In general relativity, we have a gravitational time dilation of:(adsbygoogle = window.adsbygoogle || []).push({});

[tex]\frac{d\tau}{dt} = \frac{1}{\sqrt{1 - \frac{2GM}{rc^2}}}[/tex]

The term [itex]- \frac{2GM}{rc^2}[/itex] appears to be based on the fact that gravity is attractive. If I understand correctly, if the curvature of space-time leads to attraction, then the curvature of space-time is positive. Alternatively, some parts of space-time could be curved the other way. It could have negative curvature instead of positive curvature. Instead of only bending paths inward as in elliptical geometry, we could have variations in space-time curvature that permit bending of paths outward as in hyperbolic geometry. Why isn't this normally discussed of? I mean, in serious physics people already talk about wormholes, multiverses, parallel dimensions, and time machines, so is there some reason why we ignore the possibility that space could be curved the other way, which in many respects, sounds a lot less like science fiction than what is being entertained right now? Couldn't the curvature of space time in the hyperbolic sense result in a sign change of the effective potential? Couldn't this correspond to a [itex]\frac{d\tau}{dt} < 1[/itex], suggesting the possibility of time acceleration - time dilation's opposite?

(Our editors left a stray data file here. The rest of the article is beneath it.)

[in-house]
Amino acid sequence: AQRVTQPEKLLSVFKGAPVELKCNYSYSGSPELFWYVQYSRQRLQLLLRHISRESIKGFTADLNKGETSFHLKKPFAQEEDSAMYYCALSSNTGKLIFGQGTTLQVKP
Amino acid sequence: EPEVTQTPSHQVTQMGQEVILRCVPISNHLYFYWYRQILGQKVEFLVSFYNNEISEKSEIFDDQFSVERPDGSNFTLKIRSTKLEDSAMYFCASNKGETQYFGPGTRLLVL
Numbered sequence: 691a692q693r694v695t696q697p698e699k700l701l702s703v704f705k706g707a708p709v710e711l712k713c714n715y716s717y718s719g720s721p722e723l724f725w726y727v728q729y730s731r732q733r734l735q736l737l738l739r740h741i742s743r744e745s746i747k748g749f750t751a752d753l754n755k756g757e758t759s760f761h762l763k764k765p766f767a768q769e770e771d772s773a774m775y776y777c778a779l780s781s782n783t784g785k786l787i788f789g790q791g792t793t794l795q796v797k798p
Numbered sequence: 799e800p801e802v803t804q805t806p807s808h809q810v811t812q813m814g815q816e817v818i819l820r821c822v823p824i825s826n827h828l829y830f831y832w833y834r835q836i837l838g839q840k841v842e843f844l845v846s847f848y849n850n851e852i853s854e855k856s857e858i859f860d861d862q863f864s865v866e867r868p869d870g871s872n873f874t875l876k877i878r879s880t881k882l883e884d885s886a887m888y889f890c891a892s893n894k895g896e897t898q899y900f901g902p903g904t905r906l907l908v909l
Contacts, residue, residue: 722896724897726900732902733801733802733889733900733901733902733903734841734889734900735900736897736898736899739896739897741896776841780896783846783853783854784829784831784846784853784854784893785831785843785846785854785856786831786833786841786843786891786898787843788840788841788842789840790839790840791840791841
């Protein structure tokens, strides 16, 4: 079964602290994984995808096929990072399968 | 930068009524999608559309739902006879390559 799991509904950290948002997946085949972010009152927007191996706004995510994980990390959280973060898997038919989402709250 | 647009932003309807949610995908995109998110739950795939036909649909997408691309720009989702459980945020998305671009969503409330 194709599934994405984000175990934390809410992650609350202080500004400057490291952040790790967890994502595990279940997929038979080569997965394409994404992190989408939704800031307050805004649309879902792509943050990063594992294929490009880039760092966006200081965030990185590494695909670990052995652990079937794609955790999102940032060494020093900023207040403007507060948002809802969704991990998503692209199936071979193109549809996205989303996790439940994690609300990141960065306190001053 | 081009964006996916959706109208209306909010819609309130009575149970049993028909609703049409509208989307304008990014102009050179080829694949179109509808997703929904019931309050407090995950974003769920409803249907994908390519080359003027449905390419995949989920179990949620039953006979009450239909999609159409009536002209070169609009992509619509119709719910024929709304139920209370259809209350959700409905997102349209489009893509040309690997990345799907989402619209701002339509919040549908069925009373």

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# Can the proper time interval be < the coordinate time interval?

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